Brittany Xavier

Macy’s is getting into the holiday spirit with the help of fashion influencer Brittany Xavier.

Xavier, a former marketing executive-turned-influencer who started her popular blog Thrifts and Threads five years ago, is bringing her debut fashion collection to Macy’s Inc. Created in partnership with Inspr, the holiday collection consists of 23 sku’s — dresses, tops and pants — priced from $58.90 to $129. The line will enter 11 Macy’s doors starting Nov. 28, and be sold through both Macy’s web site and insprny.com.

“I was hesitant to do my own full line right from the start because I’ve never done it before, but when this came about, it was a perfect fit for me because I’m not an expert in the production and materials, but I know what I want,” said Xavier. “It was nice to have that combo.”

Brittany Xavier

Brittany Xavier  Lexie Moreland/WWD

“One of the things that we’re looking for is somebody who has an incredibly strong creative point of view,” said Chantel Waterbury, cofounder of Inspr. “Brittany has one of the strongest points of view. It makes it easy for us to simply tell her story.”

Inspr by Brittany Xavier takes cues from the late Seventies and Eighties. Xavier has previously worked with luxury labels such as Givenchy, YSL, Marc Jacobs and Cartier, but the Macy’s line is her first product collaboration. A second drop is slated for December and will include 12 sku’s.

Macy’s is growing its influencer model with Inspr via rotating influencers-in-residency, the first of which was Natalie Off Duty in September. The retailer has already seen success with the model, according to Lauren Wilner, Macy’s vice president of business development, fashion.

“We feel that this rotating influencer model is more exciting to the customer versus going hard and deep with one influencer and stretching that out over long periods of time with a long-term relationship,” said Wilner. “The purpose of why we’re doing these [influencer partnerships] is to drive consumer traffic in the stores and online and brand relevance around Macy’s and what Macy’s is doing from a product and brand standpoint. From that perspective, we’re superhappy. The social media impressions, the eyeballs in traffic that we’re bringing into The Market at Macy’s and to macys.com is for sure hitting our benchmarks.”

Ahead of the release of her Macy’s line, Xavier spoke to WWD about the design process. She also shared insights on her blog, which she is revamping during the holidays, and how she is using that platform in light of Facebook and Instagram’s algorithm changes.

WWD: Why did you gravitate toward the Seventies and Eighties for this collection?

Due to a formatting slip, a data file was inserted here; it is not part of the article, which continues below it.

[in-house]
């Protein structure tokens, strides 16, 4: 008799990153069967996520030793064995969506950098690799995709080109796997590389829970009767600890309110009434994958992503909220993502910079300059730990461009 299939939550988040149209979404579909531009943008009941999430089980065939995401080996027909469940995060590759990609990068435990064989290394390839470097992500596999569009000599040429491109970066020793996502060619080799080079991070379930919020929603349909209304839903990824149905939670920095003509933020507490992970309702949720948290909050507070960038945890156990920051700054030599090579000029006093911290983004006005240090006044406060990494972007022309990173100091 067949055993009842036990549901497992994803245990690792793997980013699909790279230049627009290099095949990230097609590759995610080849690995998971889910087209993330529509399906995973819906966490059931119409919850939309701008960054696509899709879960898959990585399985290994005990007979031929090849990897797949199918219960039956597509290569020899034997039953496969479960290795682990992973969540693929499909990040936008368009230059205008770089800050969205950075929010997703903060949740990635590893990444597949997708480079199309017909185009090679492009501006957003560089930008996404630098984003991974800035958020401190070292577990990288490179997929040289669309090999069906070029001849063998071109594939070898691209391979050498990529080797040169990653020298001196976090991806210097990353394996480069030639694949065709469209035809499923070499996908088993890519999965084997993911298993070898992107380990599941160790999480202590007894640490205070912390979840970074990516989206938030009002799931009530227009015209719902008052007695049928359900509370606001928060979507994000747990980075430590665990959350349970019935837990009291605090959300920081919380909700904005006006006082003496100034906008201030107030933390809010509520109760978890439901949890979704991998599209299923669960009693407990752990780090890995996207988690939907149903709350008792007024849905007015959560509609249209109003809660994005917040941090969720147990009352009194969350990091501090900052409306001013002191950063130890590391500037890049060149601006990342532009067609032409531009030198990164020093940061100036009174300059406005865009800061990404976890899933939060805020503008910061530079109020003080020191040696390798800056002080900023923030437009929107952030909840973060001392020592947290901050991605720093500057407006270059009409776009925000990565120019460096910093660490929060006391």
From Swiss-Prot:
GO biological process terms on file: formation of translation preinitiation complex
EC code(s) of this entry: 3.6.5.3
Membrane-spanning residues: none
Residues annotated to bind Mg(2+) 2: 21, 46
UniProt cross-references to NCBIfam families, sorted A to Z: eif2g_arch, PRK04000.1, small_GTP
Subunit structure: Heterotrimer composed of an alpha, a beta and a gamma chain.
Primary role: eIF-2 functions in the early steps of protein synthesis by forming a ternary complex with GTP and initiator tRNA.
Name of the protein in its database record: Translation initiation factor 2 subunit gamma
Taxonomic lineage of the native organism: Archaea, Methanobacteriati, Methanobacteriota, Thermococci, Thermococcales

Brittany Xavier: It’s a mix of Seventies and Eighties. It’s what I’m drawn to right now. I love the strong, confident woman and when I think of the Eighties and the late Seventies, I think of strong power suits. It’s an easy way to make you feel more confident when you’re feeling gross.

WWD: What was on your mood board during the design process?
B.X.: I had a lot of short dresses, tux suiting. It was all shiny, a lot of metallics. I wanted neutrals that people could feel they could mix and match and be versatile. I wanted colors that were all a part of that jewel-tone family.

WWD: What do your followers like to see from you on IG?
B.X.: I go off a lot of my DMs and the questions I get in my comments. I always get comments on my blazers. It’s sometimes hard to find a blazer that looks nice. You can find a blazer and the arms can be too short or the shoulders don’t fit right. I get a lot of questions about that and also, anytime I wear high-waisted anything, people are like, where did you get that from? People ask me a lot about the fit.

A campaign image from Inspr by Brittany Xavier for Macy’s.  Carolina Palmgren for INSPR

WWD: How did you grow your following?
B.X.: In the beginning, I used to follow a lot of wedding blogs. I didn’t know about any personal blogs. [My husband and I] were like, let’s show what we’re doing on the weekends as a family and show my outfits because I loved to do affordable styles that were high and low. I started submitting to Lookbook, Asos Fashion Finder, [accounts] that would link back to your site, and I would compare my numbers month after month. Bigger brands would feature me, re-gram. I got a lot of traction around that time.

WWD: Did Instagram and Facebook’s algorithm changes affect how you use your blog?
B.X.: The blog was never something we decided to walk away from or ever thought we would never post on again. I’ve always told people who didn’t have a blog, ‘You need to do something, an e-mail list.’ If something happens, I can at least contact all my followers [via e-mail]. I try to get them on my subscribe list, that way if I have an announcement or a meet-up, I can just send to my e-mail list. I don’t think Instagram’s going anywhere, but [e-mail is] a good safeguard.

WWD: How are you seeing the influencer space evolve?
B.X.: When [I started], I would do a lot of blogging tips, so a lot of my e-mail subscribers are people who also want to have a blog. I get a lot of people writing me, “I’m not making money, how should I keep doing this?” I don’t think you should start it with the hope of replacing your income from the start and making it your career from the start. There’s a lot of work that goes into it and people don’t want to hear that. You have to have a unique voice, a point of view that stands out or a personality that connects with your audience. If you’re doing it to make money from the start without being passionate about it and really loving what you’re writing about and taking photos of, you’re gonna burn out and it’s not gonna be long-term.

More from WWD.com:

Natalie Off Duty Creates Digital-First Fashion Label at Macy’s

Chriselle Lim Brings Stand-Alone Label to Nordstrom

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